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I try to define a constructor for C++ struct, and coincidently, this is also a struct I want to export. So here's my code:

extern "C"__declspec(dllexport) typedef struct
{
    double x;
    double y;

    PointCg(double xx, double yy);
}PointCg;

However, I got a compilation error saying that

error C4430: missing type specifier- int assumed. Note: C++ does not support default-int

But I think this is a perfectly valid declaration?

I'm using visual-c++ 2008, if it matters to you.

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up vote 2 down vote accepted

typedefs are just aliases to the base type. This implies that typedefs are a compile time, not a link time construct.

In your sample code you are attempting to dllexport a typedef, of an anonymous struct - which is going to confuse the compiler on two levels: first, you're exporting an alias, which it doesn't want to do, and next, the struct itself is anonymous, so it can't even export that. Thirdly, the thing that looks like the constructor isn't. Its just a function with a weird name. A ctor has to have the name of the struct and, well, its anonymous.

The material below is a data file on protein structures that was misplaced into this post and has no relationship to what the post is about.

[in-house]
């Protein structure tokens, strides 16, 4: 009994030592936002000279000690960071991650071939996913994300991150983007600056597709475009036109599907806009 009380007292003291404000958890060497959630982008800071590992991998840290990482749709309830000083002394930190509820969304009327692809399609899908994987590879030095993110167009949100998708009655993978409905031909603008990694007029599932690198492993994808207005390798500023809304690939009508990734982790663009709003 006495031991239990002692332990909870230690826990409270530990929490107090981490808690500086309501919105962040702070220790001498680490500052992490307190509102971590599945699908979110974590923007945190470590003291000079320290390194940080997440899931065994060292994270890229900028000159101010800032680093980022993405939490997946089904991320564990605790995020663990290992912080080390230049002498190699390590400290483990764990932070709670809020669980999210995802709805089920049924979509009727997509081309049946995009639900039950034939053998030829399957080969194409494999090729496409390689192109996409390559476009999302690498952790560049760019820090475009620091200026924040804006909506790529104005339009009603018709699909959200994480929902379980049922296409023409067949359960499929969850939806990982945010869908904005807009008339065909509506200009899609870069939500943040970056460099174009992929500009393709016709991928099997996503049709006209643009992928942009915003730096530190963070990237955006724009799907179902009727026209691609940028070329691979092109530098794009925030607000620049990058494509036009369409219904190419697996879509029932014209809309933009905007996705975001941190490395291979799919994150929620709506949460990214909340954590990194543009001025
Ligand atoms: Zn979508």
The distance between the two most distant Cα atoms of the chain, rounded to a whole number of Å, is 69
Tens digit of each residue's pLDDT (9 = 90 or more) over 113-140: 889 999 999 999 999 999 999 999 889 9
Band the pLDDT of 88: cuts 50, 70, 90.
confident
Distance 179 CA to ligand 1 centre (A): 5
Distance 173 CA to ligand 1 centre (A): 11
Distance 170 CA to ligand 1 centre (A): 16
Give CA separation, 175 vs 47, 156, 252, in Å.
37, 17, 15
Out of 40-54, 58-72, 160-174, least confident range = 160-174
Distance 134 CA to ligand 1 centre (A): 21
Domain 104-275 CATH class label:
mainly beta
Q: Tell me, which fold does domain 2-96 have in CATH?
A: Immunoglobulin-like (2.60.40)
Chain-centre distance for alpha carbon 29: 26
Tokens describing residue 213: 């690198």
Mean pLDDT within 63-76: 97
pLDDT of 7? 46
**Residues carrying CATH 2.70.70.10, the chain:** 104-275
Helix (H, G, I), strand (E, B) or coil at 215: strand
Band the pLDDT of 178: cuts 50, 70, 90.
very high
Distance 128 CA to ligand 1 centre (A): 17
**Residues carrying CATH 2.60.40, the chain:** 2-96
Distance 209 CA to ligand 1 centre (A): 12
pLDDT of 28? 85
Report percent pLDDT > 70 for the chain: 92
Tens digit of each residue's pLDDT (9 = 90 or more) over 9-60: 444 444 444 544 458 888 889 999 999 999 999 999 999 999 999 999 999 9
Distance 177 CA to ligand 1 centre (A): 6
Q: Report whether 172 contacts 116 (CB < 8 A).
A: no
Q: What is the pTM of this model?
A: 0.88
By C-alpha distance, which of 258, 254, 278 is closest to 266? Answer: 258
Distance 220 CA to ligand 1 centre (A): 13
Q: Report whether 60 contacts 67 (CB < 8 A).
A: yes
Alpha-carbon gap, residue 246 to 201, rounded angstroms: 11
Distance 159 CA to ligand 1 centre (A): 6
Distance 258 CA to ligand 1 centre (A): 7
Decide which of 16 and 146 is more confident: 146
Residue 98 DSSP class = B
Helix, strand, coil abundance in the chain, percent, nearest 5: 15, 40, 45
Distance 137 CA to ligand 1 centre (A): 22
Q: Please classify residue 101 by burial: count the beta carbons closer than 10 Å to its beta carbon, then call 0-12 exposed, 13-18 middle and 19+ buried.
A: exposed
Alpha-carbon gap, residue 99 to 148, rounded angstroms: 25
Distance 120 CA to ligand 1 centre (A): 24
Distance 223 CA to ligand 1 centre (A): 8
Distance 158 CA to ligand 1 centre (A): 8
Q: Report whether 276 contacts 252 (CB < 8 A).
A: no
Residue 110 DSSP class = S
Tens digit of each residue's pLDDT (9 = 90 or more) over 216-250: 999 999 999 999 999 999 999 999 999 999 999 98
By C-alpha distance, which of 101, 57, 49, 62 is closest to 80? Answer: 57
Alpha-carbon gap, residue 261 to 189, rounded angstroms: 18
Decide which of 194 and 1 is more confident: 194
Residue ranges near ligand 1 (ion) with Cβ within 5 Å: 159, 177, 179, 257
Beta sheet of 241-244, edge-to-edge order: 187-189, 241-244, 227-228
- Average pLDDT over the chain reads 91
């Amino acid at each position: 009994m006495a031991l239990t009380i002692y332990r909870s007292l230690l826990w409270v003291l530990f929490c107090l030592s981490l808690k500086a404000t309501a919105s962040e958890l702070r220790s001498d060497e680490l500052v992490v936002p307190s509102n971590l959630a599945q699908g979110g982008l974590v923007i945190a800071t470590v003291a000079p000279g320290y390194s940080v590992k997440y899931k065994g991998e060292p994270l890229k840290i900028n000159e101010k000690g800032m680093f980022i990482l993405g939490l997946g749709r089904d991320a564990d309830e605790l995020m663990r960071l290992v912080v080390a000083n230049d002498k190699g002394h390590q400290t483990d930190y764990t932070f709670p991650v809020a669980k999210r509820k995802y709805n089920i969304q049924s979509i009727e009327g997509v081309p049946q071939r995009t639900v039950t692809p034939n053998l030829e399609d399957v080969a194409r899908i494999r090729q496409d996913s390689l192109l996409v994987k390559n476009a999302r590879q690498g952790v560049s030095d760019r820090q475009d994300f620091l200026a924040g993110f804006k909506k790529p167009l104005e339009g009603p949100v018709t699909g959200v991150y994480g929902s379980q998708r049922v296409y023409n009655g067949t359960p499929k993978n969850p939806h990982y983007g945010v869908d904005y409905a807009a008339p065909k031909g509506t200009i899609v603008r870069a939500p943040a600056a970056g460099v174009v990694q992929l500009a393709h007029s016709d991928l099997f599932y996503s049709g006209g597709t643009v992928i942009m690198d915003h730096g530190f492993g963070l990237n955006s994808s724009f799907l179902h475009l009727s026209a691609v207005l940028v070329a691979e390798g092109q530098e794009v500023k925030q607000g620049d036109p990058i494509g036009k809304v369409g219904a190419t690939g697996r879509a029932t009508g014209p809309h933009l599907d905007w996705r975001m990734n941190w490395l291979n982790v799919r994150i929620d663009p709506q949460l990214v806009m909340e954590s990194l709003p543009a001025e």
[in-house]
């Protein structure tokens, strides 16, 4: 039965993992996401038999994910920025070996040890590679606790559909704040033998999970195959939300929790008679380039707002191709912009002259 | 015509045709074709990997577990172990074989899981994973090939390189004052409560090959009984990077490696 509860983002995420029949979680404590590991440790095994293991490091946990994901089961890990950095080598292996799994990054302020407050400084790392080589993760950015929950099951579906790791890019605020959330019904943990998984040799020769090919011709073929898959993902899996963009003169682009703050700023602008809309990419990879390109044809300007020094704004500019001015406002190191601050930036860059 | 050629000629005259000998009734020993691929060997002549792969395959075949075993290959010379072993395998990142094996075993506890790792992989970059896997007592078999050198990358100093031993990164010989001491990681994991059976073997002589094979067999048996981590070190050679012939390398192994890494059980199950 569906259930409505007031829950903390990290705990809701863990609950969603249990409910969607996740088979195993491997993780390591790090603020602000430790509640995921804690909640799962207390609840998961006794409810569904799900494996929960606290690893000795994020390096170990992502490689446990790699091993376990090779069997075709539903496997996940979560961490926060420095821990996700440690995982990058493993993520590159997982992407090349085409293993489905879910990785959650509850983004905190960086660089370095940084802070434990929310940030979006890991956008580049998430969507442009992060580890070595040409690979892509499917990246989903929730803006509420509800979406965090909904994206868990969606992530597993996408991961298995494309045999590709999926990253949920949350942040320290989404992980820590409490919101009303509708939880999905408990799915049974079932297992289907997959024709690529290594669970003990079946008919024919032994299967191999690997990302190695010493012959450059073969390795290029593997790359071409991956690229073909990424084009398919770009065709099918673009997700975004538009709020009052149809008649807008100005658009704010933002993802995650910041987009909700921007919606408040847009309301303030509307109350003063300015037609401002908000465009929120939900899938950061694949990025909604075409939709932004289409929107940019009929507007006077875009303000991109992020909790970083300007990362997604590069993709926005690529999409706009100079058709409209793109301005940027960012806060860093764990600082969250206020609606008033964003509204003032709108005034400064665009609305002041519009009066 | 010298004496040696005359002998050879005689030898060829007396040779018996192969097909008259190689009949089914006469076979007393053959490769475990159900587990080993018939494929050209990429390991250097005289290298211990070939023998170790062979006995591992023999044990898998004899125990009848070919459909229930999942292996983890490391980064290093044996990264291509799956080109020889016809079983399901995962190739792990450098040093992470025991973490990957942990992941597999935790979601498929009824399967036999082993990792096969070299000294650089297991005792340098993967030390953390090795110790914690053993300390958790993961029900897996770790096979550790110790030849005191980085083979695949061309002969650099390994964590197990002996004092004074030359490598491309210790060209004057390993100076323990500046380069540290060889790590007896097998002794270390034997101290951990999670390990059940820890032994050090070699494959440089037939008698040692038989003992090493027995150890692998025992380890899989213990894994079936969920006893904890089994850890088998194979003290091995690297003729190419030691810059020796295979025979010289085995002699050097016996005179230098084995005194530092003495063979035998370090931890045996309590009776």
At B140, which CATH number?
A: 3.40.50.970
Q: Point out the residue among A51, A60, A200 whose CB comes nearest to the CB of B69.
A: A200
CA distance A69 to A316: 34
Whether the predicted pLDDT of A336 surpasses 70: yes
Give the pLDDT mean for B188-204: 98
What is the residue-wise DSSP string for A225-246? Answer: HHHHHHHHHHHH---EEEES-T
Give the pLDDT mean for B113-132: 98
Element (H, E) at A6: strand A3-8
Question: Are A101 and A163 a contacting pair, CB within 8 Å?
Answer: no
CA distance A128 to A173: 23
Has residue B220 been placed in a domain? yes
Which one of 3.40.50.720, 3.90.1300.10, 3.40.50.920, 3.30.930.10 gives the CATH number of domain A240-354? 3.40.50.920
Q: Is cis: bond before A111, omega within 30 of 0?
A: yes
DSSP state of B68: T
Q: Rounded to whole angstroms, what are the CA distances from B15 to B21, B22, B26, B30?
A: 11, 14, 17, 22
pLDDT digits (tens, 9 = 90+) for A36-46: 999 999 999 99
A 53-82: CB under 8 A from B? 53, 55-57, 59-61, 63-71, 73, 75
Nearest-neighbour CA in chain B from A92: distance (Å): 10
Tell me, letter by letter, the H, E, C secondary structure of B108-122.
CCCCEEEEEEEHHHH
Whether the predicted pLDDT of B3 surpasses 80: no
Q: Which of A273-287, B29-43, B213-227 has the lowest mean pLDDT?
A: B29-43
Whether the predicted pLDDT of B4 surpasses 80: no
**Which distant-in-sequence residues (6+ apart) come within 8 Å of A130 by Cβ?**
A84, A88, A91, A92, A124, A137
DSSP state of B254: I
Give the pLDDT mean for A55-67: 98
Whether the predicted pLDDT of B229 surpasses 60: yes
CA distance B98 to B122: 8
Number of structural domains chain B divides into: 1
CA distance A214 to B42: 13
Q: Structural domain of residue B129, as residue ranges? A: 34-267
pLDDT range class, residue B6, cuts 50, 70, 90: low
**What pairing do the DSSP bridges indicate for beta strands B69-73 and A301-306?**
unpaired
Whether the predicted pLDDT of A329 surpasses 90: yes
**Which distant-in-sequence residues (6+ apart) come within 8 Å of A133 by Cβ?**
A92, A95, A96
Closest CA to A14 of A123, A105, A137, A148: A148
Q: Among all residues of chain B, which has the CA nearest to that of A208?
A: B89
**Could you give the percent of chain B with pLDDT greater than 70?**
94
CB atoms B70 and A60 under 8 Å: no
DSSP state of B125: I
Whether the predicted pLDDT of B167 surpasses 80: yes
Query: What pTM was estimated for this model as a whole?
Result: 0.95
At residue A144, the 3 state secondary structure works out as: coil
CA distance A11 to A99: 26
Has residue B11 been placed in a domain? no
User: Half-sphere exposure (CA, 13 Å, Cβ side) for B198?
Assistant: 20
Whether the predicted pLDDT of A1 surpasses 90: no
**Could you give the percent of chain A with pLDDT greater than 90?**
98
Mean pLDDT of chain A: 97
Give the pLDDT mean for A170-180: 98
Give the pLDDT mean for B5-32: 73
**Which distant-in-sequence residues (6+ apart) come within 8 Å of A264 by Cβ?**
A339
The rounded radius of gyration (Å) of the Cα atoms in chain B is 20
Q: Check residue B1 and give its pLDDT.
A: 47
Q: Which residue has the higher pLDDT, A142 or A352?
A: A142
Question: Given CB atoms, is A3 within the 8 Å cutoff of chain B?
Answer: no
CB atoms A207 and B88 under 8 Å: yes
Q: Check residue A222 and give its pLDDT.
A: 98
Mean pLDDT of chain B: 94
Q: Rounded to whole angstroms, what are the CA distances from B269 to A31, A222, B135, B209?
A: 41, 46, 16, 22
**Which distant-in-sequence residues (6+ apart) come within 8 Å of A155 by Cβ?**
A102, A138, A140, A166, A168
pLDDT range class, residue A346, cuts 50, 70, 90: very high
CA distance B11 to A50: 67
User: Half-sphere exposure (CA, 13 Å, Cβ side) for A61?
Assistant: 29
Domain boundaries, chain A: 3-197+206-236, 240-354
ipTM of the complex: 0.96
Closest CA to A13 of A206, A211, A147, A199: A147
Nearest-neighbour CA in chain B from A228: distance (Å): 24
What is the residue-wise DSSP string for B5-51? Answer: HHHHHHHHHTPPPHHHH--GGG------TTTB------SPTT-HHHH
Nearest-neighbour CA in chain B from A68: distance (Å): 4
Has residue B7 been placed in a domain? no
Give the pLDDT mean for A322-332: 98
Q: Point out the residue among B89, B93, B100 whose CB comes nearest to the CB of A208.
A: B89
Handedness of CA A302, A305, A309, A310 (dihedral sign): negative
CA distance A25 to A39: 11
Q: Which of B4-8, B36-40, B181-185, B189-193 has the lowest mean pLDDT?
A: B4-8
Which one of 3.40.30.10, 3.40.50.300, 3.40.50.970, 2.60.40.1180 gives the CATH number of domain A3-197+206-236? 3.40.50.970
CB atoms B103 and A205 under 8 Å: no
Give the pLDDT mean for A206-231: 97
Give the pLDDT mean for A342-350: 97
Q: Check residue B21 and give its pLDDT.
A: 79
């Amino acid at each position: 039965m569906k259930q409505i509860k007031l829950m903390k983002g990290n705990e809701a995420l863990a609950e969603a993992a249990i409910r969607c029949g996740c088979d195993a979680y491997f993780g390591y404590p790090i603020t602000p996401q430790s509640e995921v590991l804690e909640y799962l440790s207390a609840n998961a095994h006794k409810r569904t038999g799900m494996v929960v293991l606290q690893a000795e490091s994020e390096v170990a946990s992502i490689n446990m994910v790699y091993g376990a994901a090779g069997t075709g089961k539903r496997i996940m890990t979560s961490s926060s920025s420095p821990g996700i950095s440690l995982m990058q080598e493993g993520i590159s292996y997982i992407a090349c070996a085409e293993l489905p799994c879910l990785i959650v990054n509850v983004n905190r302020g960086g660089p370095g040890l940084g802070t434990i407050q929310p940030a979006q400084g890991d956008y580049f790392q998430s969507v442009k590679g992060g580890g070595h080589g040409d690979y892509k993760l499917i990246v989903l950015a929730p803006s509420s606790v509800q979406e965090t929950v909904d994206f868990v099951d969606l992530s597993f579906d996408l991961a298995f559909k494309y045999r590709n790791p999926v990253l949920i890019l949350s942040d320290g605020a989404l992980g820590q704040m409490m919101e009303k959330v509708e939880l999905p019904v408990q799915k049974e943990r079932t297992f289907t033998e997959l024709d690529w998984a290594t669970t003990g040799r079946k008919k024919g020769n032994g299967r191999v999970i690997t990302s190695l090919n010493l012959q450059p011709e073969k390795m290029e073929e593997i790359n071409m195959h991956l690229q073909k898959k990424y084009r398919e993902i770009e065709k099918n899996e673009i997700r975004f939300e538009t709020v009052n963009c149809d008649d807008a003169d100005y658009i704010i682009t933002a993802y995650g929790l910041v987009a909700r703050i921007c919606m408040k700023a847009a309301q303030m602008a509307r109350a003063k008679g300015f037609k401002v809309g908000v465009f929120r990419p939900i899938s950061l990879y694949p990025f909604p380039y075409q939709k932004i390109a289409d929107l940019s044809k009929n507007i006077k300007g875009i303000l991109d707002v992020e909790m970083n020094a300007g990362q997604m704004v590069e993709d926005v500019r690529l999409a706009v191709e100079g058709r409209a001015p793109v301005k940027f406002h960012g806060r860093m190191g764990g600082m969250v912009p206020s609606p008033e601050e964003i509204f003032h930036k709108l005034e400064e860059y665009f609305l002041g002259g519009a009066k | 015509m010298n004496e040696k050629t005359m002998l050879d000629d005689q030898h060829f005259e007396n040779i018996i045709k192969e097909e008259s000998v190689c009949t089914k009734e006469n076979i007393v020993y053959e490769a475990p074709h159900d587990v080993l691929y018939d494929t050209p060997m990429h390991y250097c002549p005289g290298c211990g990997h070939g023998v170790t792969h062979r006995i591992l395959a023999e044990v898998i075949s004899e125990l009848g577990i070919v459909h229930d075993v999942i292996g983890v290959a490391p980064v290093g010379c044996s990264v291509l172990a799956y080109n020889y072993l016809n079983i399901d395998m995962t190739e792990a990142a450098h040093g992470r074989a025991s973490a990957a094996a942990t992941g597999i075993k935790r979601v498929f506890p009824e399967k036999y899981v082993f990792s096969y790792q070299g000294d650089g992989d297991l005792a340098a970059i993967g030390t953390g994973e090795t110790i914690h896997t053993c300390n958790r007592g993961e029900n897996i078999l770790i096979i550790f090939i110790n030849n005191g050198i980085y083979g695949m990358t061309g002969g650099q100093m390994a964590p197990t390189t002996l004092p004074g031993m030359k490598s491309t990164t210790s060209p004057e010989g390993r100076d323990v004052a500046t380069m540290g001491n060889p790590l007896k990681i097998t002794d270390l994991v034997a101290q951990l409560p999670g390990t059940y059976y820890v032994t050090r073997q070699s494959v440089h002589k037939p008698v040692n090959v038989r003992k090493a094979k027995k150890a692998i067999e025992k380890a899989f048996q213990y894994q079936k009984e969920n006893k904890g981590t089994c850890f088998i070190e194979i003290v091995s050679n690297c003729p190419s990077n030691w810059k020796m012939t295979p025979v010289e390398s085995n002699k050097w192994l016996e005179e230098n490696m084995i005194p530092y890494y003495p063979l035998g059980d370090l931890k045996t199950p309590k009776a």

Given this question is c++ which relaxed a lot of the rules when using structs... why dont you just skip the typedef and give the struct the name:

extern "C"__declspec(dllexport) struct PointCg
{
  double x;
  double y;
  PointCg(double xx, double yy);
};
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The __declspec doesn't have anything to do with it. You're defining an anonymous struct. The typedef name won't work for defining a constructor. Inside the definition, PointCg just looks like a function name, and functions have to have a return type. This is how you define a struct in C++:

struct PointCg{
   //....
   PointGc(double xx, double yy);
};

Unlike C, you don't need to typedef struct names to avoid typing struct everywhere, and can just use PointCg instead of struct PointCg when referring to that type.

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error C4430: mising type specifier- int assumed. Note: C++ does not support default-int

This most often means you introduced a name that doesn't mean anything to the compiler yet. And indeed I believe this is the case here. You are employing an ancient C technique to define a structure: the typedef struct. When the compiler gets to your (as-yet unnamed) struct's constructor, the PointCg name doesn't mean anything. It doesn't mean anything until the typedef is named after the closing }.

I suggest you change your code as follows:

extern "C"__declspec(dllexport) struct PointCg
{
    double x;
    double y;

    PointCg(double xx, double yy);
};

In C++, there is literally never a reason to use the old typedef struct technique. This only causes pain and confusion, and gets you nothing.

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